The Internet of things has really jumped the shark, so to speak.
In Western Australia, the region with the distinction of having the most shark attacks in the world, more than 300 sharks have been outfitted with acoustic transmitters that signal when the animals are heading close to the beach. When they get within one kilometer, the Surf Life Saving Western Australia twitter account will automatically send out a Tweet that includes the location, size, breed, and distance from the shore.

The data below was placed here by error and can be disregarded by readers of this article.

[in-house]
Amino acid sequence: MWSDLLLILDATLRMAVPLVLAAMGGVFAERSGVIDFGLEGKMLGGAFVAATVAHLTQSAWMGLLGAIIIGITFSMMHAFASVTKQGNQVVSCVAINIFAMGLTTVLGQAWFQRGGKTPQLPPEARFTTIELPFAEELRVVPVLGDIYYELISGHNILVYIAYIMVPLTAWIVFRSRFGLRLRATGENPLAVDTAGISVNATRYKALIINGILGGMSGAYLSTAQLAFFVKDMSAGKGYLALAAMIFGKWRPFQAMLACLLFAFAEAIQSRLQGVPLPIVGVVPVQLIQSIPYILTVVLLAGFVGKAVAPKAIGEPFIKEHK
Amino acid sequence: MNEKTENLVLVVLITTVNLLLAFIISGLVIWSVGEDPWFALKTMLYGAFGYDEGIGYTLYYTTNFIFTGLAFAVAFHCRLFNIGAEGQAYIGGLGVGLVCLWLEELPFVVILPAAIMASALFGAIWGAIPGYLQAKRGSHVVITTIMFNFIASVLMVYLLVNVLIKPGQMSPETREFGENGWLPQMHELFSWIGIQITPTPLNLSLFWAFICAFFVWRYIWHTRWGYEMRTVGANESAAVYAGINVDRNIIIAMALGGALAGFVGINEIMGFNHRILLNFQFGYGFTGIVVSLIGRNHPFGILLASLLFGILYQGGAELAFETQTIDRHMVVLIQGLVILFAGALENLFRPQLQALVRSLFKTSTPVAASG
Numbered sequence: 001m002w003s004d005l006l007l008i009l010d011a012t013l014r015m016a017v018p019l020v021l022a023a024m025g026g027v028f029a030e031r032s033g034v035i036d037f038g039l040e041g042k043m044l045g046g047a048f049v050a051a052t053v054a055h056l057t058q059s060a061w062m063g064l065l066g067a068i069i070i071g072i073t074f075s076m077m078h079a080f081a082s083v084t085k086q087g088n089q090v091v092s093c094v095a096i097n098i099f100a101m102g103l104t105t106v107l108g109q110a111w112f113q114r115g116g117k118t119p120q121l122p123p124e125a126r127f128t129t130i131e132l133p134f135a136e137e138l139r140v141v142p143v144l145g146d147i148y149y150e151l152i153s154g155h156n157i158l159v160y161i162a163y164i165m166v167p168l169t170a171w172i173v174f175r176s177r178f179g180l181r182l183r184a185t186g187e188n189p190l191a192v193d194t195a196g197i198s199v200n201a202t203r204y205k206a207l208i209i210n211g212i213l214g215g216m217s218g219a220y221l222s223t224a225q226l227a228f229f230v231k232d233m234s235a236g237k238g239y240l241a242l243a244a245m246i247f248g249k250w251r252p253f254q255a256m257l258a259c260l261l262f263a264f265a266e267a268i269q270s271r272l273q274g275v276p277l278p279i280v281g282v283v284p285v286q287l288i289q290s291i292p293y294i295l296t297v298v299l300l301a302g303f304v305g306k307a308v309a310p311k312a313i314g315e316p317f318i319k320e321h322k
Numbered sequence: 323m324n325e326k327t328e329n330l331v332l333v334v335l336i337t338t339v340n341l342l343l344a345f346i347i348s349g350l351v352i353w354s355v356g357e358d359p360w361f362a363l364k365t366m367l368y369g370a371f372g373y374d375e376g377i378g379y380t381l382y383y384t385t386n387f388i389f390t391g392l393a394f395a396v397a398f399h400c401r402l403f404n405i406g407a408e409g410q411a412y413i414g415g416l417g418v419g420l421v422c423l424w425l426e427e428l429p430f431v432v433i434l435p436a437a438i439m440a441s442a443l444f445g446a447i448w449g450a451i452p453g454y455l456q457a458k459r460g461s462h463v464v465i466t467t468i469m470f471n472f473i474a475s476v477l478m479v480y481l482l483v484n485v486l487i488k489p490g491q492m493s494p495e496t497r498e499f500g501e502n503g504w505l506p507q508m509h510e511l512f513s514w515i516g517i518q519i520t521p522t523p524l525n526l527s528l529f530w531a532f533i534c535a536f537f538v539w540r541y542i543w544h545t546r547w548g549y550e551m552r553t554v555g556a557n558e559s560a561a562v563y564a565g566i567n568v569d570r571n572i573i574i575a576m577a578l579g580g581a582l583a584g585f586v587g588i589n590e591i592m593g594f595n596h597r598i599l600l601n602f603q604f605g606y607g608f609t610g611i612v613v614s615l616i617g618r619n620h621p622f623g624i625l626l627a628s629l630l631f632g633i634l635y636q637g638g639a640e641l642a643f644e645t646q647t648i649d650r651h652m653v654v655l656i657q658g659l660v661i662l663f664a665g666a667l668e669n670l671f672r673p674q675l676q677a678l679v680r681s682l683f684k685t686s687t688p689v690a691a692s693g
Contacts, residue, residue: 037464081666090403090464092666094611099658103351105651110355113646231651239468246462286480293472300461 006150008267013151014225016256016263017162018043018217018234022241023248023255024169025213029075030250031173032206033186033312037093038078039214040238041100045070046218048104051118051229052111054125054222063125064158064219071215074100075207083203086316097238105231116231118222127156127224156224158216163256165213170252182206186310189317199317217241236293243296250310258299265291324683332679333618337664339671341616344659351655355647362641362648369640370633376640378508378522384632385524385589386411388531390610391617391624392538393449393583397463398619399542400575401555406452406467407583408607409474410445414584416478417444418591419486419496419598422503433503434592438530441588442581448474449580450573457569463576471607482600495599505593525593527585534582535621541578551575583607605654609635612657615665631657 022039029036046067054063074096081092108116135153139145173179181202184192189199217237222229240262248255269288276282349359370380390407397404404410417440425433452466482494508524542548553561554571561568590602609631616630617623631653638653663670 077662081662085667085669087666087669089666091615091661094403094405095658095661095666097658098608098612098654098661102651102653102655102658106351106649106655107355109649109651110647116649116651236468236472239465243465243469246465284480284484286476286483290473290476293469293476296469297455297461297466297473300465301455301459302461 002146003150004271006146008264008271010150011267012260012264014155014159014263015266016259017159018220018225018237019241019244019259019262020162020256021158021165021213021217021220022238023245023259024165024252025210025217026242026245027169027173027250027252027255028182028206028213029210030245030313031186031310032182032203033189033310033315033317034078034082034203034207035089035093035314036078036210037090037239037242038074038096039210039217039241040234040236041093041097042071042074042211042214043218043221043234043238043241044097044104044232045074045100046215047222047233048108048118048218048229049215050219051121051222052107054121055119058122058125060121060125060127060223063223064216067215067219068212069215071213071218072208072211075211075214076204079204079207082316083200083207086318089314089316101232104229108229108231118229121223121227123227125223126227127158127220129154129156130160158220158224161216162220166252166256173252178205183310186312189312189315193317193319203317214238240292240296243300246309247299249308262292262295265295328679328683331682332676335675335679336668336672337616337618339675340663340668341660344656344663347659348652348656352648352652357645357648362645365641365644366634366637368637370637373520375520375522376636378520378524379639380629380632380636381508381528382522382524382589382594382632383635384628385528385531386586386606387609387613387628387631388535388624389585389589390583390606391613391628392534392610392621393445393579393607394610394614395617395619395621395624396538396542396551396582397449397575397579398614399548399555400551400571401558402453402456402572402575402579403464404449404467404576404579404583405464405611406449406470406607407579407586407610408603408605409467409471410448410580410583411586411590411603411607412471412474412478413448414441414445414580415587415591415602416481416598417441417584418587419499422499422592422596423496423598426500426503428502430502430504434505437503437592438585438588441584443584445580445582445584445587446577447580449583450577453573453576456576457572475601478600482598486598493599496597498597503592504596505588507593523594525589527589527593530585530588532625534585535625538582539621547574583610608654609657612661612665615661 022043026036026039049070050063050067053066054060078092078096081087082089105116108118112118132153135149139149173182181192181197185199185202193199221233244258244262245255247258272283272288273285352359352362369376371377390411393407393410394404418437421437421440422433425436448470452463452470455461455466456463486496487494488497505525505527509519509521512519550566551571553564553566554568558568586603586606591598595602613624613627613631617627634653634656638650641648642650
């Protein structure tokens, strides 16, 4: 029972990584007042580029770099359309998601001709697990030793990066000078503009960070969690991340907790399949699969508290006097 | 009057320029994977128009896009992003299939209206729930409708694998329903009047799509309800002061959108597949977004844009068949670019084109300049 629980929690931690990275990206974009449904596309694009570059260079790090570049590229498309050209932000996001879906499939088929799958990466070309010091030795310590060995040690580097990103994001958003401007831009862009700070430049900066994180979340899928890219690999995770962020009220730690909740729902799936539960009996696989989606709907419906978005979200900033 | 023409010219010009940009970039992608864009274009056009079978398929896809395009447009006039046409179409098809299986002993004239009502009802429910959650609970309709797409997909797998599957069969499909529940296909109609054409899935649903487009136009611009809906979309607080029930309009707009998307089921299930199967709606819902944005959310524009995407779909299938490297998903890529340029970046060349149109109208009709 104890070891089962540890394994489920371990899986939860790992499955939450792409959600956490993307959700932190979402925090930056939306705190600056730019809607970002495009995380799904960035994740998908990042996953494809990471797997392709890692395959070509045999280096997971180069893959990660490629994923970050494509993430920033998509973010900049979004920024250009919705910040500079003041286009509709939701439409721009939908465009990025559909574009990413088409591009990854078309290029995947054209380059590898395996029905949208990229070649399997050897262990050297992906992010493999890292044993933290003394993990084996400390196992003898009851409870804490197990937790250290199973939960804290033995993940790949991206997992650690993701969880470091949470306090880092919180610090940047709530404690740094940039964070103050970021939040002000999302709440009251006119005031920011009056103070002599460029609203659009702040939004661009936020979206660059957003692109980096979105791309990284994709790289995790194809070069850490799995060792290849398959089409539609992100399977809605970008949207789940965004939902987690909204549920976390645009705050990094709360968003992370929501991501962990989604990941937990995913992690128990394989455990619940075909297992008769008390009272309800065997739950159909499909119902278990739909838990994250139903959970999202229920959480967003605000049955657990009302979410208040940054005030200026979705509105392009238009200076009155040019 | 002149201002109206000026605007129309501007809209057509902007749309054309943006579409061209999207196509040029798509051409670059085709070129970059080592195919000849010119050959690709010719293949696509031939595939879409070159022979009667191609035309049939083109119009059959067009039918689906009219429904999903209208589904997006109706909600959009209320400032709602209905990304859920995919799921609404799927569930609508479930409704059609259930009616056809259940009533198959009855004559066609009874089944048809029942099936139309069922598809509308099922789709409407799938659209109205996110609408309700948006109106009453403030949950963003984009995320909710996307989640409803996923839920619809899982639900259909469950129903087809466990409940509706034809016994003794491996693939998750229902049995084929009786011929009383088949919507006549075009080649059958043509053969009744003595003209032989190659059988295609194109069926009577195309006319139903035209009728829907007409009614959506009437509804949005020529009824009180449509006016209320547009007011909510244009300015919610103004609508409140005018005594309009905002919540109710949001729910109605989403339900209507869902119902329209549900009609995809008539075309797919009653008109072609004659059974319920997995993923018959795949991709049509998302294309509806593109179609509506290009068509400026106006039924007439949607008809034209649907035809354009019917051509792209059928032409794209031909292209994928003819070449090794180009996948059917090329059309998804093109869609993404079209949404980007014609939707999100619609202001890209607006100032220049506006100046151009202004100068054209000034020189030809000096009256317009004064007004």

SkyNews reports that the system is a faster warning system than radio and newspaper, and makes it easier for patrollers to monitor high-risk areas. “Now it’s instant information and really people don’t have an excuse to say we’re not getting the information, it’s about whether you are searching for it and finding it,” Chris Peck, from SLSWA, told SkyNews.
Reducing the number of shark attacks may be in the best interests of the sharks, too. Though the large majority of species pose no danger, their reputation in popular culture and the occasional deadly attack isn’t good for efforts to conserve their flagging numbers.